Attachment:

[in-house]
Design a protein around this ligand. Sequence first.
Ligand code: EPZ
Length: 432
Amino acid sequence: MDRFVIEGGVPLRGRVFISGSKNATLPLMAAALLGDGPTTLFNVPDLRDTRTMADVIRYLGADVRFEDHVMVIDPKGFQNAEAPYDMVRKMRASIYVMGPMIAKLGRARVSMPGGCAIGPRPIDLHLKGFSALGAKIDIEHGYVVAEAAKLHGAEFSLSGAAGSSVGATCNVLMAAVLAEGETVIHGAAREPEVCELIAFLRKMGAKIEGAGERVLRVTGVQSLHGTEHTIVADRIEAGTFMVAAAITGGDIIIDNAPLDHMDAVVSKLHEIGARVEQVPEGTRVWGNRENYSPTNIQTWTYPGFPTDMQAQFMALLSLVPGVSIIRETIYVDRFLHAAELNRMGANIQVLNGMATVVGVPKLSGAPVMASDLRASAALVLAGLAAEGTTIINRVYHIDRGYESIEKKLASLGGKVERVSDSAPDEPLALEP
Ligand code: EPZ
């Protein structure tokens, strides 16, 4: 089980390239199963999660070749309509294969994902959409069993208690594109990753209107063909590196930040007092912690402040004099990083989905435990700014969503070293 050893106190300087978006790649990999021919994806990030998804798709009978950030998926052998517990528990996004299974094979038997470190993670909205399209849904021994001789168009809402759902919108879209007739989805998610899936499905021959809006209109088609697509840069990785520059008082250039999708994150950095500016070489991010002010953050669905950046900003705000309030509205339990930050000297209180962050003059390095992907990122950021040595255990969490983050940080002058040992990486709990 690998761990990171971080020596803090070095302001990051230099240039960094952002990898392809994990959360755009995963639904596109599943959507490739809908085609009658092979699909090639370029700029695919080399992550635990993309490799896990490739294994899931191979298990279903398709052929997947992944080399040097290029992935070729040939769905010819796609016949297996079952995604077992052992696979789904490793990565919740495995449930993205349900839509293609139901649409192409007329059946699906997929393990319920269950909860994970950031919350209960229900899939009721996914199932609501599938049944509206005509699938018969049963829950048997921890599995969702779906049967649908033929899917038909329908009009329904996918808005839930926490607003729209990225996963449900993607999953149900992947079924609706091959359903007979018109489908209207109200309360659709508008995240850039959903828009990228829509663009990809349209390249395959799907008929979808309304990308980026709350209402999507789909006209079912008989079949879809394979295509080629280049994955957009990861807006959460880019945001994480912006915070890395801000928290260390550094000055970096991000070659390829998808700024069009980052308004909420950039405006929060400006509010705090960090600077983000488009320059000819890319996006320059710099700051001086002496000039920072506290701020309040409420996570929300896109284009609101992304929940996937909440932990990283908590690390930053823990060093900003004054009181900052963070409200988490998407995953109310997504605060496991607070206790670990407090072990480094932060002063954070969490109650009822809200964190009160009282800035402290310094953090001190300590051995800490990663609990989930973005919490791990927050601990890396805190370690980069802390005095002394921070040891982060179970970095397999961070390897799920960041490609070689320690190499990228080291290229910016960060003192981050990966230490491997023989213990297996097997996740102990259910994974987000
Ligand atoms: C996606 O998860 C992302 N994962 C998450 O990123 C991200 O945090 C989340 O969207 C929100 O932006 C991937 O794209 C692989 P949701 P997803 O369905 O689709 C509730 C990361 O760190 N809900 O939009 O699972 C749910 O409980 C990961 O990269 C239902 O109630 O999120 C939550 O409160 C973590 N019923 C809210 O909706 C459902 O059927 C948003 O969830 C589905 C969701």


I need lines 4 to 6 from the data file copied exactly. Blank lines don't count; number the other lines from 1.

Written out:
Length: 432
Amino acid sequence: MDRFVIEGGVPLRGRVFISGSKNATLPLMAAALLGDGPTTLFNVPDLRDTRTMADVIRYLGADVRFEDHVMVIDPKGFQNAEAPYDMVRKMRASIYVMGPMIAKLGRARVSMPGGCAIGPRPIDLHLKGFSALGAKIDIEHGYVVAEAAKLHGAEFSLSGAAGSSVGATCNVLMAAVLAEGETVIHGAAREPEVCELIAFLRKMGAKIEGAGERVLRVTGVQSLHGTEHTIVADRIEAGTFMVAAAITGGDIIIDNAPLDHMDAVVSKLHEIGARVEQVPEGTRVWGNRENYSPTNIQTWTYPGFPTDMQAQFMALLSLVPGVSIIRETIYVDRFLHAAELNRMGANIQVLNGMATVVGVPKLSGAPVMASDLRASAALVLAGLAAEGTTIINRVYHIDRGYESIEKKLASLGGKVERVSDSAPDEPLALEP
Ligand code: EPZ